Europe’s energy intensive industries continue to complain about the future cost of carbon credits. Issues of cost and the effectiveness of current regulation is legitimate. A life cycle approach to emissions is still not part of European policy and sometimes costs can lead to less investment in new, cleaner technologies. But ultimately the effect of the weak economy will have a far greater effect on invesment in European industry.
SBB 20 April Europe’s approach to reducing steelmakers’ carbon emissions presents “a heavy burden to the competitiveness of the industry” that ultimately restrains investment in new facilities and technologies aimed at achieving the same goal, according to German Steel Federation president Hans Jurgen Kerkhoff.
Kerkhoff, speaking at Platts SBB’s third annual Green Steel Strategies conference in Berlin, said while the European Union’s carbon reduction targets are ambitious, their impact is lessened as other regions around the world have not committed similarly to the effort. And the cost of such measures – which will total billions of euros annually – take funding away from important technological advances that many producers already are undertaking.
The German steel industry on its own realized a 2.4% year-on-year reduction in carbon emissions in 2011, but a steel life-cycle assessment approach should be the focus of emissions initiatives going forward, he said.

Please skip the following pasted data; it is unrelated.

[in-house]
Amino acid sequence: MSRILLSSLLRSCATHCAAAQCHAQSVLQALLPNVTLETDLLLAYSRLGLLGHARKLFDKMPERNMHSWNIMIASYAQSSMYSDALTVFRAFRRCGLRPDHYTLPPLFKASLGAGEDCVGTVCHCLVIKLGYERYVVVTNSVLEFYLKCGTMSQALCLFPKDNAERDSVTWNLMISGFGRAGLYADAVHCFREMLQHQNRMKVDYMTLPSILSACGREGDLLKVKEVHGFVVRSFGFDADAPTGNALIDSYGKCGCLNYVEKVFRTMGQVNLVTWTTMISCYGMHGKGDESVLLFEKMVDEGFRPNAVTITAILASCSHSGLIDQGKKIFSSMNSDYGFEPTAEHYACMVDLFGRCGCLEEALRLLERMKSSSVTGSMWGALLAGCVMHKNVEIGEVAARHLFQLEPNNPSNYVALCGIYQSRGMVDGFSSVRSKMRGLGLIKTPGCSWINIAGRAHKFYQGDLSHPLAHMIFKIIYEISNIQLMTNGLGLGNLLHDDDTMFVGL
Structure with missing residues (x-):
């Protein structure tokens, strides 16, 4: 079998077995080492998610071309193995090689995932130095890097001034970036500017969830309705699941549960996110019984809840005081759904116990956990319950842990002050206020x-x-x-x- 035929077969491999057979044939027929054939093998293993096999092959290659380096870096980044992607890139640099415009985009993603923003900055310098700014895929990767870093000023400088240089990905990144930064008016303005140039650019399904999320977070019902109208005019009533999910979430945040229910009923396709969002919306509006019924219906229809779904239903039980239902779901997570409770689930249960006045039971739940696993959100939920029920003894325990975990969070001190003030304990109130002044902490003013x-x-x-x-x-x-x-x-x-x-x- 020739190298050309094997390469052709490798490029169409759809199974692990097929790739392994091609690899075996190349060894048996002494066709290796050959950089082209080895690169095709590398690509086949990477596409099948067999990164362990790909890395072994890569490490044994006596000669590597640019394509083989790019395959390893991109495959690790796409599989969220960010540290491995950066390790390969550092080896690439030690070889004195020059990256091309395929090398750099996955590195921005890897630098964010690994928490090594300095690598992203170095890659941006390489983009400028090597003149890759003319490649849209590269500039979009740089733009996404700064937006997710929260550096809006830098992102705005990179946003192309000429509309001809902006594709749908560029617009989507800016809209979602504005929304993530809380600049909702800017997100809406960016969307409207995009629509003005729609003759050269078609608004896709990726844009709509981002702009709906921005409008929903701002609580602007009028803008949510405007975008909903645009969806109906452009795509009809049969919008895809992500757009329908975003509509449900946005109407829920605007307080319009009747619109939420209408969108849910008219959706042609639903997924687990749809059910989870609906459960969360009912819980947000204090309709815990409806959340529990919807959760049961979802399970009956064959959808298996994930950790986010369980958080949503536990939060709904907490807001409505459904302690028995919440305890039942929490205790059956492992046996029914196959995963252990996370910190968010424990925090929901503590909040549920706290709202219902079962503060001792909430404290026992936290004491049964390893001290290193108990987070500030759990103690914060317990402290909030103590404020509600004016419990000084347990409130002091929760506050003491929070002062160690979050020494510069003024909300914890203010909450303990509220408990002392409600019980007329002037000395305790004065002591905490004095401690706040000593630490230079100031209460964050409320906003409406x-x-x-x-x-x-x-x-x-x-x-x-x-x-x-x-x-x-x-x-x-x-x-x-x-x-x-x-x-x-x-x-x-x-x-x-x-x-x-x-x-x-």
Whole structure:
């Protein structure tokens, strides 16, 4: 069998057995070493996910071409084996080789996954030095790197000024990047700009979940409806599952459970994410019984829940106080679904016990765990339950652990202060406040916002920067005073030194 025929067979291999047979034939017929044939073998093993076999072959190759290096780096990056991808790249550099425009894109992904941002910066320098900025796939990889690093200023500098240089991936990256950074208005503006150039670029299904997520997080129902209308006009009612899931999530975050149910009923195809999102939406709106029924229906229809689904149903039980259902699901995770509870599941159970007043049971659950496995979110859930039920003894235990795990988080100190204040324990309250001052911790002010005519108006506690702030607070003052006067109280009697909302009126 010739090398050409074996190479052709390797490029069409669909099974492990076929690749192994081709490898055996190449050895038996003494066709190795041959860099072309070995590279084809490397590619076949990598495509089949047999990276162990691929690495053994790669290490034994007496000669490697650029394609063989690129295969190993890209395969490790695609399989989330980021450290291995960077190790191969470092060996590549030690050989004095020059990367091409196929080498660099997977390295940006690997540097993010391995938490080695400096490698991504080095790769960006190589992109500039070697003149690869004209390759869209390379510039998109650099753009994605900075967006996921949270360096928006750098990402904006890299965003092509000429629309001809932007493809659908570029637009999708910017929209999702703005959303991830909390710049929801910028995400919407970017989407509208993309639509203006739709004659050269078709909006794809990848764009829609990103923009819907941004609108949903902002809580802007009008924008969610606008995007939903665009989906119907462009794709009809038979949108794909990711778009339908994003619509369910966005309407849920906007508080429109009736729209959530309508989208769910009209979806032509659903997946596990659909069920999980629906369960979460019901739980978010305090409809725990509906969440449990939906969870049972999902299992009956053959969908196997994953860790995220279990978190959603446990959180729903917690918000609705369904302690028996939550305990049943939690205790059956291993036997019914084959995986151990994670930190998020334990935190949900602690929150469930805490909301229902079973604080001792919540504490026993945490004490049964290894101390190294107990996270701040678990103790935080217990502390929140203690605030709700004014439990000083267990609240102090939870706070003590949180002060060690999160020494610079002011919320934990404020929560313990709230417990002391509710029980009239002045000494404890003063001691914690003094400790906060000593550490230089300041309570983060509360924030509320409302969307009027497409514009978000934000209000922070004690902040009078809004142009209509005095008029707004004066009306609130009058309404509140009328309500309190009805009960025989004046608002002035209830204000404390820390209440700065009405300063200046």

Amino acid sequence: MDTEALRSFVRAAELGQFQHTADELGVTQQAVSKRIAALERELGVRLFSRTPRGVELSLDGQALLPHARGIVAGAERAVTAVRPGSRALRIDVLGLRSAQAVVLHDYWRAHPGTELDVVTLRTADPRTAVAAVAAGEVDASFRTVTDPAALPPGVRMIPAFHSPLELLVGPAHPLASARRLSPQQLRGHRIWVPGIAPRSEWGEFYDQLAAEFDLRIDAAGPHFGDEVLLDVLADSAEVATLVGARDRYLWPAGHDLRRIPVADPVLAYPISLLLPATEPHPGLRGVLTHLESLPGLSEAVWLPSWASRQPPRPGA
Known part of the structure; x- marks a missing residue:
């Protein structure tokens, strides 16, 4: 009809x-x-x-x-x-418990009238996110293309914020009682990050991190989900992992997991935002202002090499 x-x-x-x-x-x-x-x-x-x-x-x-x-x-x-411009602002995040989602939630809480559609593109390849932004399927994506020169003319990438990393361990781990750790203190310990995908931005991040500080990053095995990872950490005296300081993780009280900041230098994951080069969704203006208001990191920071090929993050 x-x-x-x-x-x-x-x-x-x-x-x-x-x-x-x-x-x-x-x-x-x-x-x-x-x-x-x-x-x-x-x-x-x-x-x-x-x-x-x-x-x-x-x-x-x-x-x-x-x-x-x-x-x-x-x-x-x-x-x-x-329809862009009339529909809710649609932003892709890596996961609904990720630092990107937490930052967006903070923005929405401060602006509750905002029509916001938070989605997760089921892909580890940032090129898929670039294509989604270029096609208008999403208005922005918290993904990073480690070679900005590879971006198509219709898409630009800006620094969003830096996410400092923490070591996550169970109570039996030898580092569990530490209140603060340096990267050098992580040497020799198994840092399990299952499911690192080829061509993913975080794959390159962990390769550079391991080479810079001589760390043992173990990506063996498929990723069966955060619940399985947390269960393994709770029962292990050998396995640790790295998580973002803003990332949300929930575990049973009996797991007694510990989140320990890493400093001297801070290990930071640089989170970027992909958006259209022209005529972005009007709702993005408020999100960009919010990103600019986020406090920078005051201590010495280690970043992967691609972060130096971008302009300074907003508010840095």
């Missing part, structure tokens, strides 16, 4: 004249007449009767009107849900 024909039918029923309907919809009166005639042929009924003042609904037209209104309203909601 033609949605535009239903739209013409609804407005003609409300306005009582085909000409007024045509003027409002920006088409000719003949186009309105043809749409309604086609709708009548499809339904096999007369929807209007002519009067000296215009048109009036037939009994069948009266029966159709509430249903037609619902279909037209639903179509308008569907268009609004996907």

“Instead of regulatory investments, we should give more priority to technological developments,” Kerkhoff said, adding that his organization is “in constant political discussions in Berlin, as well as Brussels,” home of the EU. “Climate protection begins with steel,” Kerkhoff said. “Steel is the basis of sustainable value creation. A sustainable economy can only grow up with and out of industry.”
Echoing Kerkhoff’s sentiments, Danny Croon, environment director for Eurofer, said in a separate presentation that the industry views Europe’s carbon measures as “unilateral and disproportionate” to other regions of the world.